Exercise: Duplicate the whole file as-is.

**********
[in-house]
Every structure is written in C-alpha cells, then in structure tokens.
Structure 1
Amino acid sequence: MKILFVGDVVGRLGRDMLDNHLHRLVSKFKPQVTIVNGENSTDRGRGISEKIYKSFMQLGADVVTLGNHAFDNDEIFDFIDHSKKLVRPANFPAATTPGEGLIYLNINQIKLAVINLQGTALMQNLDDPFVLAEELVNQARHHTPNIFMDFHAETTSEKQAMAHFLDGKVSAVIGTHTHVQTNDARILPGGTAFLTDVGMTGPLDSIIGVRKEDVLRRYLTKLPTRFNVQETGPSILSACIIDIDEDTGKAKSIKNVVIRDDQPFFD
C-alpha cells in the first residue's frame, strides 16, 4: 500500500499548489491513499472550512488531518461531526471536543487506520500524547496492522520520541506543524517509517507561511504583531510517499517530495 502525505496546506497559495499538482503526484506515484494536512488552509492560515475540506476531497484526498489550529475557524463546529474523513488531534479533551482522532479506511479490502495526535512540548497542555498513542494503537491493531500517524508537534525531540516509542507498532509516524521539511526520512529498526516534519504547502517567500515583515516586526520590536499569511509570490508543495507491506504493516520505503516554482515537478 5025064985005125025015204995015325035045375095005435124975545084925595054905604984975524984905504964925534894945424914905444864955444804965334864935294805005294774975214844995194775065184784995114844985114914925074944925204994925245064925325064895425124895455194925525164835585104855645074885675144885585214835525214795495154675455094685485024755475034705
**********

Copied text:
[in-house]
Every structure is written in C-alpha cells, then in structure tokens.
Structure 1
Amino acid sequence: MKILFVGDVVGRLGRDMLDNHLHRLVSKFKPQVTIVNGENSTDRGRGISEKIYKSFMQLGADVVTLGNHAFDNDEIFDFIDHSKKLVRPANFPAATTPGEGLIYLNINQIKLAVINLQGTALMQNLDDPFVLAEELVNQARHHTPNIFMDFHAETTSEKQAMAHFLDGKVSAVIGTHTHVQTNDARILPGGTAFLTDVGMTGPLDSIIGVRKEDVLRRYLTKLPTRFNVQETGPSILSACIIDIDEDTGKAKSIKNVVIRDDQPFFD
C-alpha cells in the first residue's frame, strides 16, 4: 500500500499548489491513499472550512488531518461531526471536543487506520500524547496492522520520541506543524517509517507561511504583531510517499517530495 502525505496546506497559495499538482503526484506515484494536512488552509492560515475540506476531497484526498489550529475557524463546529474523513488531534479533551482522532479506511479490502495526535512540548497542555498513542494503537491493531500517524508537534525531540516509542507498532509516524521539511526520512529498526516534519504547502517567500515583515516586526520590536499569511509570490508543495507491506504493516520505503516554482515537478 5025064985005125025015204995015325035045375095005435124975545084925595054905604984975524984905504964925534894945424914905444864955444804965334864935294805005294774975214844995194775065184784995114844985114914925074944925204994925245064925325064895425124895455194925525164835585104855645074885675144885585214835525214795495154675455094685485024755475034705